Royal Albert Memorial Museum bags Art Fund prize

The Royal Albert Memorial Museum (RAMM) has been named museum of the year by the Art Fund charity.
Based in Exeter, the museum was applauded for the extensive renovation work it has undergone, which cost £24 million, 60 per cent more than was originally forecast.
Reopened in December 2011, the Royal Albert Memorial Museum bags itself a £100,000 cheque and, of course, carries with it the prestigious accolade of being the museum of the moment.
Lord Smith of Finsbury, chair of the judging panel, described the museum as a magical place that is “modest in scale but vast in its ambition and imagination”.
“The Victorian aspirations to bring the world to Exeter are stunningly realised through some of the most intelligently considered displays on view in any museum in the UK,” he added.
“Every exhibit delights with a new surprise and provokes with a new question and, at a time when local authority museums in particular are in such danger, this brilliant achievement proves how daring, adventurous and important such institutions can be.”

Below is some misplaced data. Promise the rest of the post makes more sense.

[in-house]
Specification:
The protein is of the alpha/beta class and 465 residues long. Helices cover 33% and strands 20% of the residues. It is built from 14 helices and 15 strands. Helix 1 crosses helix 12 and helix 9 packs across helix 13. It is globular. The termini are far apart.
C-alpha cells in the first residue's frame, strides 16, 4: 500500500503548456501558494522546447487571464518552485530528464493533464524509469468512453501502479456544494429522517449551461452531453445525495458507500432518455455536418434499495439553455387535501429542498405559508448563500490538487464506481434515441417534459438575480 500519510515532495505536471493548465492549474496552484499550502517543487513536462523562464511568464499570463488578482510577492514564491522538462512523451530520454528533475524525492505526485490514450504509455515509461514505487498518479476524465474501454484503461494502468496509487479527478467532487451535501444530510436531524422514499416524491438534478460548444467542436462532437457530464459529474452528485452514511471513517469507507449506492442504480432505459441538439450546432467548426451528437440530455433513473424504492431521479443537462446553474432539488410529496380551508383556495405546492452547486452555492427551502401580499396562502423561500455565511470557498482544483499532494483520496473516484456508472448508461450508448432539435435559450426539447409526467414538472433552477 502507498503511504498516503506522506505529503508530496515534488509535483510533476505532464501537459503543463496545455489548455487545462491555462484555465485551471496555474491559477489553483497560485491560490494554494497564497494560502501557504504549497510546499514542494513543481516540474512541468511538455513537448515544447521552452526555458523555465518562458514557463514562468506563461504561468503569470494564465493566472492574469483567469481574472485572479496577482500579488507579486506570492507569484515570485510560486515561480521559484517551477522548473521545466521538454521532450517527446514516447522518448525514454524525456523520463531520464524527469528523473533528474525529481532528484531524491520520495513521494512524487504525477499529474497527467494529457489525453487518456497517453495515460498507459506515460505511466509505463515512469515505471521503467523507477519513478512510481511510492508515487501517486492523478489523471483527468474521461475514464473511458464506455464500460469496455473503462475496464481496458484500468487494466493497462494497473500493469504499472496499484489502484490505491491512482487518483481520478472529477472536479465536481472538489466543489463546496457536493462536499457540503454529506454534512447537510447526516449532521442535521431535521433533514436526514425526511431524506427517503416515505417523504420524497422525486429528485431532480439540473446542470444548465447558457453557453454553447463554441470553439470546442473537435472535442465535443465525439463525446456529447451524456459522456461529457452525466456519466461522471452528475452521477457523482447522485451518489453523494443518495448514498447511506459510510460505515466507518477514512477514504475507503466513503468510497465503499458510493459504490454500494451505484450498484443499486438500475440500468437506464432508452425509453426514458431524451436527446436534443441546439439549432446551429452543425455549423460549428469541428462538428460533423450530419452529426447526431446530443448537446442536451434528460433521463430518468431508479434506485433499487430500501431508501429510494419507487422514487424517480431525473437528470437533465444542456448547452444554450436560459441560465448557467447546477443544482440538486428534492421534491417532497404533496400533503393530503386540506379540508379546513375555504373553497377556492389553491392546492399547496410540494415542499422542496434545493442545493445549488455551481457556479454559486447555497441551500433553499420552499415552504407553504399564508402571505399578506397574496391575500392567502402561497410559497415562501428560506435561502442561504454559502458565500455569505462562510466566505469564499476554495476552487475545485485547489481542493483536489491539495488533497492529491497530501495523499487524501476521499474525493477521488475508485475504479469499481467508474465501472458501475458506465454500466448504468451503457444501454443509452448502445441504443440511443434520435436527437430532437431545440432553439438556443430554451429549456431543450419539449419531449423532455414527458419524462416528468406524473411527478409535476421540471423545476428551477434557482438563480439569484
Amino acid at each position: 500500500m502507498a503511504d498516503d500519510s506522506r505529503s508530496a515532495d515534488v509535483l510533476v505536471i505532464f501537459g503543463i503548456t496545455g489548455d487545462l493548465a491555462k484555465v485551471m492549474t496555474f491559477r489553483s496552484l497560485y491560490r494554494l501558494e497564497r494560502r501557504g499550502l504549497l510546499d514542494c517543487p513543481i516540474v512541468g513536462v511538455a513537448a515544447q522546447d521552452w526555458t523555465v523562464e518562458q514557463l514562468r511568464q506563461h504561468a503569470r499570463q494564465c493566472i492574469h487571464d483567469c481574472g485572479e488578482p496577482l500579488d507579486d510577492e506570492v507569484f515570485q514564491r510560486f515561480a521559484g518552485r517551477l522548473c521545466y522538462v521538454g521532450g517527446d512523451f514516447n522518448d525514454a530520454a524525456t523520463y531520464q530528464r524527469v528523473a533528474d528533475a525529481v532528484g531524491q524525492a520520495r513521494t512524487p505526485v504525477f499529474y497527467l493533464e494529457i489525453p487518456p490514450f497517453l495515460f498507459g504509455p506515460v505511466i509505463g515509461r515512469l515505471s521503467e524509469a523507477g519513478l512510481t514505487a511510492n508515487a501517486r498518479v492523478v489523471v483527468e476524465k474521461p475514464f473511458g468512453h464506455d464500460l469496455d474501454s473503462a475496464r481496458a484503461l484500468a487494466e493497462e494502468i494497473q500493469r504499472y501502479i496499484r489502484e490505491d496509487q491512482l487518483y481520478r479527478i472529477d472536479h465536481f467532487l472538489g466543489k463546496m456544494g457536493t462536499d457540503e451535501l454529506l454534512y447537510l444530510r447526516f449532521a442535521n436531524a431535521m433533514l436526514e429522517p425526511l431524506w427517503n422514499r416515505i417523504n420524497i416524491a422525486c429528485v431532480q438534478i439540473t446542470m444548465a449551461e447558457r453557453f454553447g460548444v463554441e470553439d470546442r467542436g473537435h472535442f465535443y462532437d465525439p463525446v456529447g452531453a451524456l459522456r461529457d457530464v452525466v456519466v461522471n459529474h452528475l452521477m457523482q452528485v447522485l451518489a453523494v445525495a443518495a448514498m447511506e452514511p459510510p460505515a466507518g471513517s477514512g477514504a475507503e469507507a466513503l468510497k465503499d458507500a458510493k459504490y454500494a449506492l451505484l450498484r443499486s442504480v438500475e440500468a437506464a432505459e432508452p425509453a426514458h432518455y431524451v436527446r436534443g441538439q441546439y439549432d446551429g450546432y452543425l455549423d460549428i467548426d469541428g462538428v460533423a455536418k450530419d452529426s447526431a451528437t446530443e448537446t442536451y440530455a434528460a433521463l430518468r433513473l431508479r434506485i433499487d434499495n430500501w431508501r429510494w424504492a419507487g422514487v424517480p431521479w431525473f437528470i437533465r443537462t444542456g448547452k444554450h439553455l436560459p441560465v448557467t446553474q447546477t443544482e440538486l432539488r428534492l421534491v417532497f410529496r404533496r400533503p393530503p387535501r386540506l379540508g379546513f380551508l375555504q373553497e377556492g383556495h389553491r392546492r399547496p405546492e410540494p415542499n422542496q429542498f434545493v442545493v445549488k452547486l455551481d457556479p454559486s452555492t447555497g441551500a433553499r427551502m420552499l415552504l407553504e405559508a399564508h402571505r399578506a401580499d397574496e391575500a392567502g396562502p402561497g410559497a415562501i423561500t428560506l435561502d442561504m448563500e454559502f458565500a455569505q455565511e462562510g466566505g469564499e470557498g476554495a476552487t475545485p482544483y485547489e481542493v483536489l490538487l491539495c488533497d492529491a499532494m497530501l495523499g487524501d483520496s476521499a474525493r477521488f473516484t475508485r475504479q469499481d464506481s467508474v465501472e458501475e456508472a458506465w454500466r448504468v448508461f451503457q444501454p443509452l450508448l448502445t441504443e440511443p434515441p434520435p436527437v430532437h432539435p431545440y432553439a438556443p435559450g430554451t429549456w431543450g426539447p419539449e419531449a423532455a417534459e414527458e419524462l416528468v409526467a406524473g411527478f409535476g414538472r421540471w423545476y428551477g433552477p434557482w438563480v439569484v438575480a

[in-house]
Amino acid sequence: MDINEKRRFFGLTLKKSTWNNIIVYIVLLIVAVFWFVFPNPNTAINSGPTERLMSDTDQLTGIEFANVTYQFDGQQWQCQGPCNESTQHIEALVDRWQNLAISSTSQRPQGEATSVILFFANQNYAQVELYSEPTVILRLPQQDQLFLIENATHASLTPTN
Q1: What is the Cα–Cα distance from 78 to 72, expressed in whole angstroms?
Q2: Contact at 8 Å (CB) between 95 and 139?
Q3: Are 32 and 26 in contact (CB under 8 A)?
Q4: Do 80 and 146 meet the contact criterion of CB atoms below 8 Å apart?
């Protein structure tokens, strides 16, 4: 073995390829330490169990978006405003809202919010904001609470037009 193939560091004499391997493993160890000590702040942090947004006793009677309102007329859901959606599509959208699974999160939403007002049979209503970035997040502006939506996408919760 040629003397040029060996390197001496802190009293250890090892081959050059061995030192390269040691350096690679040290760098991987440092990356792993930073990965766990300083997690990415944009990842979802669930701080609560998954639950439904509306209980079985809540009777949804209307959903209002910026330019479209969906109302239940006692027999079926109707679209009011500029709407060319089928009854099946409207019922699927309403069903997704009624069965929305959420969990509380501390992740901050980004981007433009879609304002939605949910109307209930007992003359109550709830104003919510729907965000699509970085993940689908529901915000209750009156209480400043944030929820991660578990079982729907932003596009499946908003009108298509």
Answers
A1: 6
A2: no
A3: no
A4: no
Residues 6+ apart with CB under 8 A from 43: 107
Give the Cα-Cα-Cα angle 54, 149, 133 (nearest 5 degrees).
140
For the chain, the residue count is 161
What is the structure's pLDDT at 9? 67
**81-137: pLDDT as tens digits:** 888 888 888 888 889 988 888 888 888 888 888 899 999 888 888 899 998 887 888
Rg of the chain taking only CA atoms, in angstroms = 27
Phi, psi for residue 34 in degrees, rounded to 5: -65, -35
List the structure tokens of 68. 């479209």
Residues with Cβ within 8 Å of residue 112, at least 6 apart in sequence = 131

Founded in 1868 as a memorial to Prince Albert – who passed away in 1861 – a major part of the development was geared towards creating a structurally sound base to prevent the museum from slipping into a defensive ditch from Norman times, which RAMM had initially been built upon.
Closed in 2005, the museum’s extensive collection – totalling up to some 1.5 million objects – was gathered, packed and moved into storage – a task which involved some serious logistical planning.
Pete Edwards, leader of Exeter City Council, commented that he was over the moon at the museum scooping the Art Fund prize.
“RAMM’s redevelopment has been a labour of love and shows what can be done when popular support is backed by the local council and aided by central government and the HLF [Heritage Lottery Fund],” he said.
“Together we’ve taken a great museum, made it even better, and now with this award have really put RAMM on the map. This is an honour for the people of Exeter, Devon and the south-west and I hope also a source of inspiration for all the far flung parts of Britain that like us have the ambition and drive to compete with the best.”